Tech heroes collage with names

Editor’s Note: Shivvy Jervis is the creator and presenter of Digital Futures and a Britain’s Women of the Future 2014 nominee

Story highlights

Digital Futures presenter Shivvy Jervis chooses her tech heroes for 2015

She predicts these women will change our lives in the next 12 months

Their inventions range from food printers to genetic databases

CNN  — 

If anyone was going to create a time machine that could tell us the big tech inventions of 2015, it’s these women.

From a super strong moldable glue, to 3D food printers, and laboratories growing human bones, these are the big ideas from some of science’s brightest minds.

These seven “tech superheroes” are set to have a major impact on our lives in the next 12 months, according to Shivvy Jervis, creator and presenter of innovation series, Digital Futures.

She predicts the ones to watch in 2015.

Shivvy Jervis, creator and presenter of innovation series, Digital Futures.

1. The tech-for-good contender

The "Embrace" smartwatch.

Who: Rosalind Picard, co-founder of computing and human analytics start-up Empatica, and researcher at the Massachusetts Institute of Technology’s media lab.

Nationality: American

Age: 52

Big idea: A smartwatch, called “Embrace,” that uses sensors to gauge the wearer’s stress levels and provide medical readings.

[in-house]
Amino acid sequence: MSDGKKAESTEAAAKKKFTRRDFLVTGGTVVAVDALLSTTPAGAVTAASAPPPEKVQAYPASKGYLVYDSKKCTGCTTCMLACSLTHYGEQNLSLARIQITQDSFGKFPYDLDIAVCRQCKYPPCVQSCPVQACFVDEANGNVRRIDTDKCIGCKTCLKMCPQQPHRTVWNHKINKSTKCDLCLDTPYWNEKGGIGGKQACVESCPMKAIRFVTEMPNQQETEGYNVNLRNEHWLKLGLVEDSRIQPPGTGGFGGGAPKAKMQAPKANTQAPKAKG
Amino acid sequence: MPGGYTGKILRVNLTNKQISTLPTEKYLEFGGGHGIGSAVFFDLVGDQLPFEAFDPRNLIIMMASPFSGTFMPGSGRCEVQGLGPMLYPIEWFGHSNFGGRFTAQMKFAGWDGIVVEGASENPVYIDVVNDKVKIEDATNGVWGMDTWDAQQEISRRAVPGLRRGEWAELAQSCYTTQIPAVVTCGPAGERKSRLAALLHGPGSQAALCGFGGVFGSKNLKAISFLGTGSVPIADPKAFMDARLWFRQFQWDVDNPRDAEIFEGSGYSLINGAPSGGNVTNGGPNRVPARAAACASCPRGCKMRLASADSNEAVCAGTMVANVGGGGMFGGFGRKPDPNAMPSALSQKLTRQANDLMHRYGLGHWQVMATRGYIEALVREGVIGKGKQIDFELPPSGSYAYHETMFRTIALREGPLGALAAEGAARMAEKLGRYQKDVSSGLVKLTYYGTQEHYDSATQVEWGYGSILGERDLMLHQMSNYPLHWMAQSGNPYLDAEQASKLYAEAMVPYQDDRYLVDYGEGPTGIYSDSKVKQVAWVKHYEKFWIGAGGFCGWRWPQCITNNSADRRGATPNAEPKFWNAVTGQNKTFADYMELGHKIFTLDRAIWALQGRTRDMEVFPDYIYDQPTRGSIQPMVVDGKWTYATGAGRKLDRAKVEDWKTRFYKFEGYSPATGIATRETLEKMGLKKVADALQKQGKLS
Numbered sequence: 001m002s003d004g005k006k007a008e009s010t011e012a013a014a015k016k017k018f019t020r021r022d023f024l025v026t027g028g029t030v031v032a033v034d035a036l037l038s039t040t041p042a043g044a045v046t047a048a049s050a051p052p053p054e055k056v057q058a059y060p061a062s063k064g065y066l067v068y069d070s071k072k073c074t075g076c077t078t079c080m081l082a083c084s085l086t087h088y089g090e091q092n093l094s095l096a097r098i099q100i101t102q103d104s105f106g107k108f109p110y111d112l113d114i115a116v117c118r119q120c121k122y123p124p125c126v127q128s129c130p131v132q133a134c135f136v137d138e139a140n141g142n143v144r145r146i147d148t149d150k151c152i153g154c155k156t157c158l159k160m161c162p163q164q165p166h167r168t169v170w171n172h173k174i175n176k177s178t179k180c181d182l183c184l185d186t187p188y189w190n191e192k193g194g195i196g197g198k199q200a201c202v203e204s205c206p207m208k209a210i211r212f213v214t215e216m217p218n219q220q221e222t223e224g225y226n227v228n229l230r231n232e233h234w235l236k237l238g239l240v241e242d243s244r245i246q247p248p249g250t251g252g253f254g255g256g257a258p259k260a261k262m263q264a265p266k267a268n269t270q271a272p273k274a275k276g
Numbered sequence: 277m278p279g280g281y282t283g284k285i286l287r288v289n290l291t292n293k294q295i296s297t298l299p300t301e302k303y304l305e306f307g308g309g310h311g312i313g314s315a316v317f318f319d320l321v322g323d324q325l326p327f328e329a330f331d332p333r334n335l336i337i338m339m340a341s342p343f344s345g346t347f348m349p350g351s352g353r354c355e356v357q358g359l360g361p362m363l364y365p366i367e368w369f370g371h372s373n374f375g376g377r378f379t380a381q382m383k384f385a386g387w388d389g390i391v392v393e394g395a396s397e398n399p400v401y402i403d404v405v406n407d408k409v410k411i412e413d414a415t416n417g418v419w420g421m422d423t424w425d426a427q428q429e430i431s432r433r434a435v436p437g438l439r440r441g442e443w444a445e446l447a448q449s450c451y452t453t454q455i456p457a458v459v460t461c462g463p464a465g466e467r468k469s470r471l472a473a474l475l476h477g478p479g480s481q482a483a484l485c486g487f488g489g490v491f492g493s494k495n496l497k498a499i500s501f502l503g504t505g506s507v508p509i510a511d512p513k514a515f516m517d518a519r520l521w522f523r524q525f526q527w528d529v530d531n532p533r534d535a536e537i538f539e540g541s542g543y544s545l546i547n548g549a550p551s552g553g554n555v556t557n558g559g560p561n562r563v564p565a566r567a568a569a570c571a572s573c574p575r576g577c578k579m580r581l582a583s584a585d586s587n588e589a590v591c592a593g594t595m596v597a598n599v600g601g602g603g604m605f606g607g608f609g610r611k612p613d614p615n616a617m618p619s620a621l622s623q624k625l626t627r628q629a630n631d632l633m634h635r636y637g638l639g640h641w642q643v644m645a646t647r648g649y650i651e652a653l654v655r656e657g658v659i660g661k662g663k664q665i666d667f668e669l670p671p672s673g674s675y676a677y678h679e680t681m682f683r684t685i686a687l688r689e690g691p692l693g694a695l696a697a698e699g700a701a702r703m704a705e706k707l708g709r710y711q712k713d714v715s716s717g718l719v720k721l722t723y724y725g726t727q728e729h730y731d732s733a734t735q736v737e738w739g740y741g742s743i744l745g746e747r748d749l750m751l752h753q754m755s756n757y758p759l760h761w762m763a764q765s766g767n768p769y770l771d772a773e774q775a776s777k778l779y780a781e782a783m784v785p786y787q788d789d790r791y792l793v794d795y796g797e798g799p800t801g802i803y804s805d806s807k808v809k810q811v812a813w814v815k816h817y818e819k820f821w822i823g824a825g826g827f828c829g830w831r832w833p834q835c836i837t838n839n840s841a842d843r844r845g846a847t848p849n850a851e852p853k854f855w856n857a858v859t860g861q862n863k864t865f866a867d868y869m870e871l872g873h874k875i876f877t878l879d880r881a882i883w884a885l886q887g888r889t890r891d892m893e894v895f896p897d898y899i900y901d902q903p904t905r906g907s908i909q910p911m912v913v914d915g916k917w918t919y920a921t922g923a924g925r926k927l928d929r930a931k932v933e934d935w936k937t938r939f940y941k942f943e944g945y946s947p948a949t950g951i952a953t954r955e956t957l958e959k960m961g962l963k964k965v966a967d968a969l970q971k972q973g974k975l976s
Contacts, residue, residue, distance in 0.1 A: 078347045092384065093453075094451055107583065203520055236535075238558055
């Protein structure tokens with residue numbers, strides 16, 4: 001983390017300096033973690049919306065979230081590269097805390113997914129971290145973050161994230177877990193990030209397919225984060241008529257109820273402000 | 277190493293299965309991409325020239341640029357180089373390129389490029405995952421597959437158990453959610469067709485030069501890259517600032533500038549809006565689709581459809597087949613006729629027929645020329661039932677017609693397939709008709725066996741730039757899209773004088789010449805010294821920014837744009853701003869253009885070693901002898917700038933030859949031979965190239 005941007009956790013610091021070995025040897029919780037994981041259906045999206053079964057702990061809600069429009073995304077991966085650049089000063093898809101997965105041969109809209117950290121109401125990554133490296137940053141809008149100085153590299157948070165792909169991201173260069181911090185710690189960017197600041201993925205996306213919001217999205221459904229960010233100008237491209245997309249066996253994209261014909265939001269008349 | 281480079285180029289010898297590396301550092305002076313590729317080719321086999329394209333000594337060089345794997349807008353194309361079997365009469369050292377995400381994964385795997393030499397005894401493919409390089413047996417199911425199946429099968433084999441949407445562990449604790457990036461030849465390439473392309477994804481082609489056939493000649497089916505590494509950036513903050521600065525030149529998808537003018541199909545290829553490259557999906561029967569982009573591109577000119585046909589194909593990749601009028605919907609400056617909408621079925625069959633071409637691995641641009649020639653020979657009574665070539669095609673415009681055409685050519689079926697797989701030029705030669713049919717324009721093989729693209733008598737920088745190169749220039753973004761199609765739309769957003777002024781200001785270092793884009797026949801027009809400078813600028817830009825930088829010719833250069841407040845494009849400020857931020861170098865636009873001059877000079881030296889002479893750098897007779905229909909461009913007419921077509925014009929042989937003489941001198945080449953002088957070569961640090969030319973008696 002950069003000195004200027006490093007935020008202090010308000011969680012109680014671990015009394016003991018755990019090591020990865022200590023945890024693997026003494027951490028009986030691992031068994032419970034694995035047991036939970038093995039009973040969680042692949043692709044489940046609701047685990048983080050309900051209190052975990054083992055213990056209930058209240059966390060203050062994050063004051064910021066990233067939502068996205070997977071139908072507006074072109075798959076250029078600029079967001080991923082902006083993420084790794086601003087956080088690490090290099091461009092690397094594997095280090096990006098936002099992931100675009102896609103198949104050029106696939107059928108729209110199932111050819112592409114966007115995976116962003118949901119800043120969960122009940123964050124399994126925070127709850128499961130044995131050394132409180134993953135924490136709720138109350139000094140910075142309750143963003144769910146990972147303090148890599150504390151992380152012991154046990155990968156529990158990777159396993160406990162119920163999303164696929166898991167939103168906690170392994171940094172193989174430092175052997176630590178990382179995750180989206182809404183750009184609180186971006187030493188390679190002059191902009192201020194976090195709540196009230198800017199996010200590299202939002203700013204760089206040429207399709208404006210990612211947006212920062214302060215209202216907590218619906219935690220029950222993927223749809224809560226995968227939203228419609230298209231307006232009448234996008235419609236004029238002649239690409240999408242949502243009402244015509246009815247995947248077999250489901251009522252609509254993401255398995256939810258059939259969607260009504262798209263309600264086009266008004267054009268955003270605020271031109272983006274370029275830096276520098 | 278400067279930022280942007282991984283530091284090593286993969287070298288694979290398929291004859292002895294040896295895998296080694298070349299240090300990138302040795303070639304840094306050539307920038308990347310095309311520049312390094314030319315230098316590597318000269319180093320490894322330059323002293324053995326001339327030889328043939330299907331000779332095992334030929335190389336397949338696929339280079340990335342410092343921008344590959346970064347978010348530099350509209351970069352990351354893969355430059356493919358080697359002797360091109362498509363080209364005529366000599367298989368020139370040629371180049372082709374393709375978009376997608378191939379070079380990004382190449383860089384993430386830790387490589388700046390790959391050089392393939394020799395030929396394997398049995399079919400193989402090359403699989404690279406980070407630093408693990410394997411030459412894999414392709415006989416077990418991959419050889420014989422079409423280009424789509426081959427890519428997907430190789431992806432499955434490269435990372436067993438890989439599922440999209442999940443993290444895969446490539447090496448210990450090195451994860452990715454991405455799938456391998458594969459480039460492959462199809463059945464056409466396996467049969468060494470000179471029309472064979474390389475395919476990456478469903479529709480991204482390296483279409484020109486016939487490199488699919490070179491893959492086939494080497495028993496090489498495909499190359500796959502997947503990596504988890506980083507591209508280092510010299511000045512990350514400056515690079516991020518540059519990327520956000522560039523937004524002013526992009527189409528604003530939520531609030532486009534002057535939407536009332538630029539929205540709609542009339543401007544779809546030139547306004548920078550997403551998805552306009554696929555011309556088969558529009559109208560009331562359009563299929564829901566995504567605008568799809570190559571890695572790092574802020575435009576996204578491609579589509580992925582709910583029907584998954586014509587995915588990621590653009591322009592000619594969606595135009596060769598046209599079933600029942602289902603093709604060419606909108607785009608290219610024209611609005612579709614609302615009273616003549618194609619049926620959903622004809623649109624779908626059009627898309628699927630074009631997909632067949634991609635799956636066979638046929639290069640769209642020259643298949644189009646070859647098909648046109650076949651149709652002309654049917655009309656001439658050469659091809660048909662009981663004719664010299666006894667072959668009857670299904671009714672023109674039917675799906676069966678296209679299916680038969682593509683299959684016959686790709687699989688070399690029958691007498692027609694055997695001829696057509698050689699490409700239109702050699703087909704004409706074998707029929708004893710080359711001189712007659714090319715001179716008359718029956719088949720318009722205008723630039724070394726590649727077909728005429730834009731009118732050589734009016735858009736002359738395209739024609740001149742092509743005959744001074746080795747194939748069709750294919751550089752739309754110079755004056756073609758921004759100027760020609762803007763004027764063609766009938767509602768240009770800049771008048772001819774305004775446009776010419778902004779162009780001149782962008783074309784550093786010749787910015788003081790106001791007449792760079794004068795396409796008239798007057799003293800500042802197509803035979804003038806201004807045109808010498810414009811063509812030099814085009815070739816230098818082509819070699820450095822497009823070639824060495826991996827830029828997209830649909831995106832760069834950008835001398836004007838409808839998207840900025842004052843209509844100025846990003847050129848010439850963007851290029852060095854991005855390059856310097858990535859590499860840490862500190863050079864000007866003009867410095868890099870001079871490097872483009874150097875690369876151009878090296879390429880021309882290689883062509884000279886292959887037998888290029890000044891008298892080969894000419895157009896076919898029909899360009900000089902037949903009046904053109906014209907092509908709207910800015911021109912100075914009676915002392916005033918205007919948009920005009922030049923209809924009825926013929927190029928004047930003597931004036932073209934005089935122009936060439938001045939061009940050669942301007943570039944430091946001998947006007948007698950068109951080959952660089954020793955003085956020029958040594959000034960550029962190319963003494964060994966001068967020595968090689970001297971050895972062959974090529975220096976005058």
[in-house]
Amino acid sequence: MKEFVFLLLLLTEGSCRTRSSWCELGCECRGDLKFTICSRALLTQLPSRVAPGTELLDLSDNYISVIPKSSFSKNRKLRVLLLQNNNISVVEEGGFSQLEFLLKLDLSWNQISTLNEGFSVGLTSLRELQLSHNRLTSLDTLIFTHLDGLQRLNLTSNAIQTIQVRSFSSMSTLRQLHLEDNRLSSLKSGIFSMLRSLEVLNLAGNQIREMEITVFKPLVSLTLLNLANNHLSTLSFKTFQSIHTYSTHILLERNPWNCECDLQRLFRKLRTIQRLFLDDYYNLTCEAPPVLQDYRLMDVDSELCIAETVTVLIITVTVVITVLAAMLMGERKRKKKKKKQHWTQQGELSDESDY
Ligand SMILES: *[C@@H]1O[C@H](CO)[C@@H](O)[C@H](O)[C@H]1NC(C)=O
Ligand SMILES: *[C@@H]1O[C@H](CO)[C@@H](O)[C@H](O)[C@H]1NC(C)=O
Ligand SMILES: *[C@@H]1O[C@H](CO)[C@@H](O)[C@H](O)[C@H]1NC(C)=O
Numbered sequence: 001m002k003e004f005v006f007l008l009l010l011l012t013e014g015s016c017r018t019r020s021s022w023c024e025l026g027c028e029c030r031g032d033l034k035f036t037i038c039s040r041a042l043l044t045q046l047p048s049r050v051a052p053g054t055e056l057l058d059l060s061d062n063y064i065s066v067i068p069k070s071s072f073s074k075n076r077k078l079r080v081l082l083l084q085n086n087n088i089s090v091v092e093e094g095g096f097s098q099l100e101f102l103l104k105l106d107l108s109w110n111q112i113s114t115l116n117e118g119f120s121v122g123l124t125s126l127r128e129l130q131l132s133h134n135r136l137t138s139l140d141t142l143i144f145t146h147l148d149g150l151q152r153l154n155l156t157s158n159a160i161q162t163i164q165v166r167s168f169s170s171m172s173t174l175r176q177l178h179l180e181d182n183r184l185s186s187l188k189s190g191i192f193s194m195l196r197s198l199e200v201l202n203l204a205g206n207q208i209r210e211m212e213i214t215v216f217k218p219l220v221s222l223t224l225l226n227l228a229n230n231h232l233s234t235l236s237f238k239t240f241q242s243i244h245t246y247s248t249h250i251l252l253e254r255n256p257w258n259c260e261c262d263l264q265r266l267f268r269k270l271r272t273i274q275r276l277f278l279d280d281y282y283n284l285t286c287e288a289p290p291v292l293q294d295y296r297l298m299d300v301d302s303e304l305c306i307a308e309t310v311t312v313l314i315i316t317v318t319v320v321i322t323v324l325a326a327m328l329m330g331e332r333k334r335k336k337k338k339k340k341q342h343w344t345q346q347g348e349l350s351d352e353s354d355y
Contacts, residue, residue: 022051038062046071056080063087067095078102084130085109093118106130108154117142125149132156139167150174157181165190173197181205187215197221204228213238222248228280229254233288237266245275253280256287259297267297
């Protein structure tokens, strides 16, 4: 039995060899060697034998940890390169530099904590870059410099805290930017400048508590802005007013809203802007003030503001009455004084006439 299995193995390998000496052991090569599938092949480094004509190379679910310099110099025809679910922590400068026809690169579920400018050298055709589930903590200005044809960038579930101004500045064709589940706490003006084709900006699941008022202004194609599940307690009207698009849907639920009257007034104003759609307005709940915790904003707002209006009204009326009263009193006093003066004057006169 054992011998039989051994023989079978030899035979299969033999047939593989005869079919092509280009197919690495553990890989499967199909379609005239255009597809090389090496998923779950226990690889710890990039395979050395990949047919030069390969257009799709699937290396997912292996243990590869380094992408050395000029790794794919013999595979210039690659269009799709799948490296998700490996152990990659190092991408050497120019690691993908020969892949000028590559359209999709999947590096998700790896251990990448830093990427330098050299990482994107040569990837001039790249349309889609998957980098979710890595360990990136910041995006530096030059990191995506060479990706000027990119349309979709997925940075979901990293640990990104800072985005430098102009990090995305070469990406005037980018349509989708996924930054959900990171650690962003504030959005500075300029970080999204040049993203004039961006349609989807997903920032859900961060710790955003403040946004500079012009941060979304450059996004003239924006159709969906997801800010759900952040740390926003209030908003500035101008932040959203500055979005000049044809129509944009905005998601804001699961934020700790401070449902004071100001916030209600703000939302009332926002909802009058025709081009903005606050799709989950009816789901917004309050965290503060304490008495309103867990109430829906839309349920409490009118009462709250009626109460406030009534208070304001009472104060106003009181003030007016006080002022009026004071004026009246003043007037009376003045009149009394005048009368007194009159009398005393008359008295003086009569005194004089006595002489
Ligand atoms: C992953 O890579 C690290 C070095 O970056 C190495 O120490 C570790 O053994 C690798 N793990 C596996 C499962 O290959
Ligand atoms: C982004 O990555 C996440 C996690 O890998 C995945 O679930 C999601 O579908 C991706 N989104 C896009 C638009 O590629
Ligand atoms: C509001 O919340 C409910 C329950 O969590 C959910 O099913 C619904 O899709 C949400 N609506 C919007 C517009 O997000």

Why it matters: The prime purpose of this nifty device isn’t merely to tell us when we’re feeling irked. It is aimed at those with epilepsy by helping detect convulsive seizures.

2. The social cause defender

Who: Desiree Vargas Wrigley, co-founder and CEO of crowdfunding medical platform, Giveforward.

Nationality: Costa Rican

Age: 32

Big idea: A website dedicated to crowdsourcing medical expenses which has so far raised over $100 million. The money goes towards things such as travel for medical treatment, equipment, “bucket lists” for terminal illness, and funeral costs.

Why it matters: It opens up the power of the masses to those who desperately need funding for critical medical treatment.

3. The not-so-mad scientist

New material "Sugru" allows users to "hack their products."

Who: Jane ní Dhulchaointigh, inventor of new material Sugru.

Nationality: Irish

Age: 35

Big idea: A moldable glue, called “Sugru,” that sticks to anything from glass to wood, and turns into a strong, flexible rubber overnight.

Why it matters: This self-setting material allows people to “hack their products” – modifying, fixing, and generally making regular objects better. Added to that, Sugru is waterproof, adhesive, and heat-resistant.

4. The ace forecaster

Who: Kathryn Myronuk, Director of Research at Singularity University

Nationality: American-Canadian

Age: 45

Big idea: Described as a “knowledge sommelier” by WIRED magazine, Myronuk helped create Singularity University in Silicon Valley – an organization devoted to studying how different technologies will affect the world over the next decade.

Why it matters: Myronuk’s focus is on unearthing and forecasting the truly high impact ideas that will shape our futures. She specializes in rapidly changing technologies.

5. The tech foodie